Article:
Here at Focus on the Family Canada, we have four primary content categories; Marriage, Parenting, Life Challenges, and Faith and Culture. I liken this to the structure of a newspaper with its various sections. Our audience varies widely and we feel it's not the best option to send marriage info to those who aren't married, and parenting info to those without children.

We also have content that does touch multiple groups; fundraising emails, important announcements, events, etc. Our current list structure (in another email service provider) looks like this:

  • Infolettre Garder Le Focus (for our Francophone audience)

  • Focus on Pastors (Information relevant to church staff)

  • Focus on Faith and Culture (Current events)

  • Waiting to Belong (Families wanting to foster/adopt)

  • Focus on Parenting (Self explanatory)

  • Focus on Marriage (Self explanatory)

  • Focus on the Family Canada Updates (fundraising, important announcements, events, etc)

Taking this entire thread into account, how do you propose we structure our overall email system?

P.S. Thanks to you as well @tom_monaghan for the status update.


Hey @Lee,
Thanks for your question. Didn't go back and re-read this entire thread ... best I can remember it was more focused on CASL.

Regarding your question ("How would I ...") and the above list segments withstanding for Focus on the Family Canada, I'm inclined to stand by my original statement and expand a little.

I've posted a comprehensive response (with an example) in the HubSpot Community Forum where you'll also be able to upvote the discussion submitted as an Idea a year ago (as you pointed out earlier i think). It's listed as, "Opt users out of certain email types".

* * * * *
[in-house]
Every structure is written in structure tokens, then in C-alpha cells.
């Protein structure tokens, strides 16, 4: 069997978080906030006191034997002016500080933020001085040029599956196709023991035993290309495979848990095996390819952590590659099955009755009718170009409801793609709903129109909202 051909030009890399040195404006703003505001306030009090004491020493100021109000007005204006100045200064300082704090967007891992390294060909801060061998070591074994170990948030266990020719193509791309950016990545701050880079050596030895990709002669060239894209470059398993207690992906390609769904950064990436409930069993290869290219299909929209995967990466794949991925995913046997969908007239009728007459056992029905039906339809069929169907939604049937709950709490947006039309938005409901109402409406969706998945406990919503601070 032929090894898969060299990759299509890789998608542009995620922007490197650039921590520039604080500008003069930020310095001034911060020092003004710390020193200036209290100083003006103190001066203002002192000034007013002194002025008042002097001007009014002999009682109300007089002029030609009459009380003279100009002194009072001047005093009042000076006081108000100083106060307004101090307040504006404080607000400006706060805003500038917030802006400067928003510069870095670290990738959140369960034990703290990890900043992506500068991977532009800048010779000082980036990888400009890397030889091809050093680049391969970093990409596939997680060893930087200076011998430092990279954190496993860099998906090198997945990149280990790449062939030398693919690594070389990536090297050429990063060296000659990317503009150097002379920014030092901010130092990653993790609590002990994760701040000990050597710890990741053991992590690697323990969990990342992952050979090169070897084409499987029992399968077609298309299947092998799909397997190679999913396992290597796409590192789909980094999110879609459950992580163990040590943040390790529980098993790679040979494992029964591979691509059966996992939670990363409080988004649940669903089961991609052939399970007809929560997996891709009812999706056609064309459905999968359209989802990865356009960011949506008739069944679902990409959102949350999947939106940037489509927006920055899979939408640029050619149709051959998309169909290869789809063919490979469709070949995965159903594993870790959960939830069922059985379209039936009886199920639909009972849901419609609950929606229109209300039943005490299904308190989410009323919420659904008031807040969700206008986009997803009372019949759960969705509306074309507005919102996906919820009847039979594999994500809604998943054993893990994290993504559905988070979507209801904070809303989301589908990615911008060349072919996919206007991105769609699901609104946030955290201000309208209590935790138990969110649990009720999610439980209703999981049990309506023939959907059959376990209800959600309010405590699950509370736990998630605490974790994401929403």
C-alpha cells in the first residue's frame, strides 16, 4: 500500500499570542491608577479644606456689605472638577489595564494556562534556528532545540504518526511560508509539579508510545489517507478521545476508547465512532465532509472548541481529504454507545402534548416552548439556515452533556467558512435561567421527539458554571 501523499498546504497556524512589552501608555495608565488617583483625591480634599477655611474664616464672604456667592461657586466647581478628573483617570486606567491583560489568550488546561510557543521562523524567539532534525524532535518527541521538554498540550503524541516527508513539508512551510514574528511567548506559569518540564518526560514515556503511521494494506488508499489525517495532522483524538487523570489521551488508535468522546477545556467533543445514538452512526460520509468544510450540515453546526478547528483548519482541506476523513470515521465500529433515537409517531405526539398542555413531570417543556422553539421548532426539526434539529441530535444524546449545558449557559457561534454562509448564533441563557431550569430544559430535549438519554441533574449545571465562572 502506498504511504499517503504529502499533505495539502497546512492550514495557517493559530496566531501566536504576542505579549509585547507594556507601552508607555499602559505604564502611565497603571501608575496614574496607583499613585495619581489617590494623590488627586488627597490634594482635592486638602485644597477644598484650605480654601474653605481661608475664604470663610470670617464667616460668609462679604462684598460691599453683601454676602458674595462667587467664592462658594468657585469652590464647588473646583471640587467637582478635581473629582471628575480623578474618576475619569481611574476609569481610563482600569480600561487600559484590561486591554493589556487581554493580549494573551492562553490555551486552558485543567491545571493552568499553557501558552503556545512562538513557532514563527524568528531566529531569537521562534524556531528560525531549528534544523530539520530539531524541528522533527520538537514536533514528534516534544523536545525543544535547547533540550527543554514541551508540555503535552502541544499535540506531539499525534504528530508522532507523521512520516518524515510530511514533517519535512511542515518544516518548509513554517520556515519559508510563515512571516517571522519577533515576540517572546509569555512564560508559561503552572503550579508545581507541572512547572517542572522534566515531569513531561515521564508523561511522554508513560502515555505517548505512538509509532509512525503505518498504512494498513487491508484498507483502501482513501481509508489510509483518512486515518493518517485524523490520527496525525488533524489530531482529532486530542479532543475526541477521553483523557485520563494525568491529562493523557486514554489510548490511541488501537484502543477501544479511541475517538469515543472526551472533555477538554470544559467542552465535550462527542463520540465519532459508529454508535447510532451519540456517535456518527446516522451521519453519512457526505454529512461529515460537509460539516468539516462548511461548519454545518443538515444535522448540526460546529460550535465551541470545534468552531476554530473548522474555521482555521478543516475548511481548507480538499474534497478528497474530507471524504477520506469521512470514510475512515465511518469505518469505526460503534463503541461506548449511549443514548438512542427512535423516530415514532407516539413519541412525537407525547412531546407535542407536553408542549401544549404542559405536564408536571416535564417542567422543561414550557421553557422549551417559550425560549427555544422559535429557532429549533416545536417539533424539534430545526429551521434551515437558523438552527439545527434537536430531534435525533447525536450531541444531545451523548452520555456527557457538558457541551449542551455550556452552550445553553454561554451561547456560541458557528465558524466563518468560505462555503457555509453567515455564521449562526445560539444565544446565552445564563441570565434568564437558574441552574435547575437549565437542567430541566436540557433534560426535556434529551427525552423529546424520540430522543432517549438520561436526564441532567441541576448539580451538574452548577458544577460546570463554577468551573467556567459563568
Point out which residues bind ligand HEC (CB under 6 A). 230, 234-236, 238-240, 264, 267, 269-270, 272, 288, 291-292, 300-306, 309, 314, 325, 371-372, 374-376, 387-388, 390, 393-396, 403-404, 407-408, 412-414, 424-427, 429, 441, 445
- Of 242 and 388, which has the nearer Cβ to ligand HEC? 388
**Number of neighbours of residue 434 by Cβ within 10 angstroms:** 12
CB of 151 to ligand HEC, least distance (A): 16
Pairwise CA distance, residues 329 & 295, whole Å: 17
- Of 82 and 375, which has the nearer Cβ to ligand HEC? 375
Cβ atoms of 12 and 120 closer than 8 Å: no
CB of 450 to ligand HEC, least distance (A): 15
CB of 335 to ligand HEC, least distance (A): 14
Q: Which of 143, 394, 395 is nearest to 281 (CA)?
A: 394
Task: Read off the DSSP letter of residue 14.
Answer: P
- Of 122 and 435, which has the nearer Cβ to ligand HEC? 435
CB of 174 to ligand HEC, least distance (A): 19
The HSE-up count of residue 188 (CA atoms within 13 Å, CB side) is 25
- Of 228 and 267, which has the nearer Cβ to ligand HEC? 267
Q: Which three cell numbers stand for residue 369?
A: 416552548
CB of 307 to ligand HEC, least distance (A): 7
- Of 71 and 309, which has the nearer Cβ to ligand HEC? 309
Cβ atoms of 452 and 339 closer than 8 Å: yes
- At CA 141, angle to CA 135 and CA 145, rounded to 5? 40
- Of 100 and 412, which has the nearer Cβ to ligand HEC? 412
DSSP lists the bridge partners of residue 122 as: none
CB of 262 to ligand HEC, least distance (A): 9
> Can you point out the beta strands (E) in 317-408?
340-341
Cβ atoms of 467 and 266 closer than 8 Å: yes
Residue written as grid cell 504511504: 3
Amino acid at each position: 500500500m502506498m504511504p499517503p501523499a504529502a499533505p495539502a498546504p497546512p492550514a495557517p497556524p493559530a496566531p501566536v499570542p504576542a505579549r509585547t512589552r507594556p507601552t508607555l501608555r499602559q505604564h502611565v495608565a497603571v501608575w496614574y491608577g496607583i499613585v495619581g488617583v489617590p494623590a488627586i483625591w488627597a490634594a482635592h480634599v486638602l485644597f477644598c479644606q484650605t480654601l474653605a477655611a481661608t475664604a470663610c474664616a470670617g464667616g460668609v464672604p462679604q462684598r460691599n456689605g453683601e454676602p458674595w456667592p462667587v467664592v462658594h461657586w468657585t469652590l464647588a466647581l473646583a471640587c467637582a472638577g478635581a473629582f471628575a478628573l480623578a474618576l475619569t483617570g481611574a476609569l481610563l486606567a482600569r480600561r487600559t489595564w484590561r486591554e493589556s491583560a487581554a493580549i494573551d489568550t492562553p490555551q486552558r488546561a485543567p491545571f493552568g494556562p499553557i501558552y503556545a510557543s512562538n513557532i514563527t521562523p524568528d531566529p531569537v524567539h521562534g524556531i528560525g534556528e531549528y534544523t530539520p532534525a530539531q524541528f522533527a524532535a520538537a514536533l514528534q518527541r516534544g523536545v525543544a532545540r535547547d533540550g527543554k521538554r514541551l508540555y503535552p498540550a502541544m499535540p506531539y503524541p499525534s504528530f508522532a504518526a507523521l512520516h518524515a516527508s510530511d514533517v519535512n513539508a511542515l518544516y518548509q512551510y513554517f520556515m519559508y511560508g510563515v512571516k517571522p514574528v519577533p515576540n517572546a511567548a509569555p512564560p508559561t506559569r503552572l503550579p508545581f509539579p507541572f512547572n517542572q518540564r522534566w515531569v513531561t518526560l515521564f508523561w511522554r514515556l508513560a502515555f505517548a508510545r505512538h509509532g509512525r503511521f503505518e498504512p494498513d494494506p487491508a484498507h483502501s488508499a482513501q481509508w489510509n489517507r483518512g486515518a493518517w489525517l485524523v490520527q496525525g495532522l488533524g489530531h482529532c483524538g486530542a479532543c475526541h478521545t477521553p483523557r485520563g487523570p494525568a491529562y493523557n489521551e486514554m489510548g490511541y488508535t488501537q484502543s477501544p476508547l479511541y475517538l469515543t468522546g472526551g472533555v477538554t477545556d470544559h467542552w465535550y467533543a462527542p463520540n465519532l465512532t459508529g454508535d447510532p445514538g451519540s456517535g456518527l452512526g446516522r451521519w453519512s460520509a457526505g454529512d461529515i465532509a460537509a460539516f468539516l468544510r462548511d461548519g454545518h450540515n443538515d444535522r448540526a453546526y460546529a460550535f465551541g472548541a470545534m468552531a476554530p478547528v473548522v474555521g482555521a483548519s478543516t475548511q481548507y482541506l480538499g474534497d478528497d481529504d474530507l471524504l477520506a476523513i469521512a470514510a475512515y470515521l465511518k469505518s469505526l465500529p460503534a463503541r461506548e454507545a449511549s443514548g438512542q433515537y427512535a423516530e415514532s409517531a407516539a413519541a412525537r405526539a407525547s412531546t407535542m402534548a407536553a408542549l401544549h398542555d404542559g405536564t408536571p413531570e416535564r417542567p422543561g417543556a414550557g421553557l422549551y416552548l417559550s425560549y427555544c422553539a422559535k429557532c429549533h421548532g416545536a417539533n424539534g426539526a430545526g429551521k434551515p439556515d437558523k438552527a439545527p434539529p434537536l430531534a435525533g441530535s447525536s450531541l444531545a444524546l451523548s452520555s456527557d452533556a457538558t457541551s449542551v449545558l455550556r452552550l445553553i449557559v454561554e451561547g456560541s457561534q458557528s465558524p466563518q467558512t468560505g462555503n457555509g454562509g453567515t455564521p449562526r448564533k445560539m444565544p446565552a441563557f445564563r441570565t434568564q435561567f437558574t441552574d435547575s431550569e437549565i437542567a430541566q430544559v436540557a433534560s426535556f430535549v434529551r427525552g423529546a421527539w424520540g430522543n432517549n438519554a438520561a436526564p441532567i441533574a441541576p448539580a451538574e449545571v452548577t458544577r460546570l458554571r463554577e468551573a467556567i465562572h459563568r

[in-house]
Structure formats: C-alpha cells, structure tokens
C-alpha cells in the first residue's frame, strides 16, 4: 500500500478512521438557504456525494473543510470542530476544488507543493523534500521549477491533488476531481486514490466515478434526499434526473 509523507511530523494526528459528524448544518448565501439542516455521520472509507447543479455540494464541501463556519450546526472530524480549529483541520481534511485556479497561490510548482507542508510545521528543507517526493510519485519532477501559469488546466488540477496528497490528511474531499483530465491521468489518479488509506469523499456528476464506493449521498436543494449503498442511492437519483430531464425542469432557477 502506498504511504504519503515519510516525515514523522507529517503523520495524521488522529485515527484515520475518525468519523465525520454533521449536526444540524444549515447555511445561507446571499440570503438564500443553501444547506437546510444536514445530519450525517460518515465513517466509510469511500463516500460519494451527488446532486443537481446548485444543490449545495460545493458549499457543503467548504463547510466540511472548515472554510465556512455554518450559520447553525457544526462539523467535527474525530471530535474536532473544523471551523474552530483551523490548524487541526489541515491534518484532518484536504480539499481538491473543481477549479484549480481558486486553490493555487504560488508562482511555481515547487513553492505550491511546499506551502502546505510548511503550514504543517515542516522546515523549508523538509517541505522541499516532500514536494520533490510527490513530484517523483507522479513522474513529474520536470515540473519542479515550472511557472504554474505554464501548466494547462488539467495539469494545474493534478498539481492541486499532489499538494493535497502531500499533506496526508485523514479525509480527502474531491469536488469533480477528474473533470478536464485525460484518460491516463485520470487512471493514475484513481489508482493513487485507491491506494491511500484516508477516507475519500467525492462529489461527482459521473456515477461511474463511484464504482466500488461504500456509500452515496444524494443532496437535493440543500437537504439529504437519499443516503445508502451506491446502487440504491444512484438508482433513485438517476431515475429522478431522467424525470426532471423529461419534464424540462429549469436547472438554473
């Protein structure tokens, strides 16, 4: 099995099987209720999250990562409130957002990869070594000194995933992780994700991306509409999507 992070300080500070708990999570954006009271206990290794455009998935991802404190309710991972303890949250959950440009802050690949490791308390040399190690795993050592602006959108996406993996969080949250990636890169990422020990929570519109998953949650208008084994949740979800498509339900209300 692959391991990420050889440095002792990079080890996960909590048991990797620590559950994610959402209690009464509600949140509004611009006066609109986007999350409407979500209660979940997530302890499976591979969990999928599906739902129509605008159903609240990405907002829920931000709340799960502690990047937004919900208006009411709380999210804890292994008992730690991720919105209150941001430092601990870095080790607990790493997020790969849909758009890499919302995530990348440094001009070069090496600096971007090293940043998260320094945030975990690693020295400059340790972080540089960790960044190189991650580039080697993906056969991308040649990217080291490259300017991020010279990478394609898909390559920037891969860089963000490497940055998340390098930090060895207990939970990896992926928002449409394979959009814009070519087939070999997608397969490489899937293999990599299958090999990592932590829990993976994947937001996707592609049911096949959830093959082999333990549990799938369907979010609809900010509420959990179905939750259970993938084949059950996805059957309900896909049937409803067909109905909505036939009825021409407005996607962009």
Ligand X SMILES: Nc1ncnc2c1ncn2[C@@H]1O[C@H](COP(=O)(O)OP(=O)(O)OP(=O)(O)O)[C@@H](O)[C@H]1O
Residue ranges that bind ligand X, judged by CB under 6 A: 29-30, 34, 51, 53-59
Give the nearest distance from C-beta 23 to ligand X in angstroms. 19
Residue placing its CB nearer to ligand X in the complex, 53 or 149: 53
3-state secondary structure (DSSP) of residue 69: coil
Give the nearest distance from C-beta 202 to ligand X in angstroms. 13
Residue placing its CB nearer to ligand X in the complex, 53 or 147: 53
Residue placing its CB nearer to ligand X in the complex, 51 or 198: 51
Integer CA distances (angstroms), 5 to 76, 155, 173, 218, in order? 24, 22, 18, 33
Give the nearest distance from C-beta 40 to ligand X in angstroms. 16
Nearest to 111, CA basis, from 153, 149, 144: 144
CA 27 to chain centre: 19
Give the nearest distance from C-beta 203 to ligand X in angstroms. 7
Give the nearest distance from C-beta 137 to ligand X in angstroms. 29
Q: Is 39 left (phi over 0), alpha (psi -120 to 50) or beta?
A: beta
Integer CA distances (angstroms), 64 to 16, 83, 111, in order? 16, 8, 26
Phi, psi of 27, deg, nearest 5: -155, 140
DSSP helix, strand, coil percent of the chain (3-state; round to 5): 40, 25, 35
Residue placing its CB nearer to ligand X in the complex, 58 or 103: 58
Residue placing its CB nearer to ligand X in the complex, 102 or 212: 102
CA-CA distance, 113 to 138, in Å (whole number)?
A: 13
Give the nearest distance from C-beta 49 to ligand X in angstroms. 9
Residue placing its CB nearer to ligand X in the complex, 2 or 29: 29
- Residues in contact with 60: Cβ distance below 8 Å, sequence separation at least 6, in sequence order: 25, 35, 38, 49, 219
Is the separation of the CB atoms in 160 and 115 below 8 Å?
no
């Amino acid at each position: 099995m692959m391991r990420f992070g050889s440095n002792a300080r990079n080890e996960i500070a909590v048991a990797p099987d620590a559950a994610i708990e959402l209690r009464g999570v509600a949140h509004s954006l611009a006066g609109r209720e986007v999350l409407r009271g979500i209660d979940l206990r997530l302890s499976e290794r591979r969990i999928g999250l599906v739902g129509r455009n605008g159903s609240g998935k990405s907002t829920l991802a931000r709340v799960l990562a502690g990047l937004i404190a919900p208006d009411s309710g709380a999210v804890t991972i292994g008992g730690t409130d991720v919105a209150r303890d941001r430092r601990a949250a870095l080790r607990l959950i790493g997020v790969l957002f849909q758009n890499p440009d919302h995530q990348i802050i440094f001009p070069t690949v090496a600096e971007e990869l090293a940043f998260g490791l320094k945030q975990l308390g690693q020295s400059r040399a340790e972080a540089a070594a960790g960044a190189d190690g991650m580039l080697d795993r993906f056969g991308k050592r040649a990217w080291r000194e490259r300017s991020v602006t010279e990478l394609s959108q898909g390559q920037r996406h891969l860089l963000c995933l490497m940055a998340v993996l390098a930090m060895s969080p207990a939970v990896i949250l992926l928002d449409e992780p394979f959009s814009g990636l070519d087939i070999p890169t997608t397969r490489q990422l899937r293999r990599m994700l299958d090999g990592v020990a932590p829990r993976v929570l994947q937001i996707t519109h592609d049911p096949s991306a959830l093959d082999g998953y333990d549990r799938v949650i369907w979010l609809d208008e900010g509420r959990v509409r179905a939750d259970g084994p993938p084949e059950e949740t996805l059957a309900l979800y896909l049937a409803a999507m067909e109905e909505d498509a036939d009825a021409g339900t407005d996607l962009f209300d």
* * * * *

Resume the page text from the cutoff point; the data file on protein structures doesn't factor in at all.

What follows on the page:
Hope it helps and thanks again for your question.


As an email deliverability consultant at HubSpot here are my two cents. When you create an email you will always set one email type. There is a 1:1 relationship there. For this reason, lists have always been a better way to segment based on interest. I think this thread covers this pretty well.

As a general rule of thumb when naming email types, describe the content of the email, and not the type of contact who will receive it. Ie. ‘fundraising emails’, ‘important announcements’, ‘events’ are your email types; and ‘Parenting’, ‘Marriage’, ‘Pastors’ are your lists based on interest.

In line with MFJLabs22d proposed solution, there are often far fewer email types than interest categories. This allows for contacts who are interested in multiple things (contacts married with children) to be sent emails targeted to that interest-combo.

In the past, here is how I’ve advised customers to proceed if they’ve set up email types tied to non-mutually exclusive groups:

  1. Add an unchecked checkbox to forms to allow contacts to expressly consent.
  2. Rename your email types so that they are mutually exclusive groups that describe the different types of content.
  3. Create lists of contacts based on what they are interested in. One list for A, one for B...
  4. Add the lists above as Included lists for your automated emails.
  5. Create a form to allow recipients to specify their interest(s)
  6. (Optional) Include a link to that form somewhere in future emails.

At this point, it is probably more wise to await release of our changes to subscriptions, than to implement the above, but thought I would drop it in here in case it could be useful.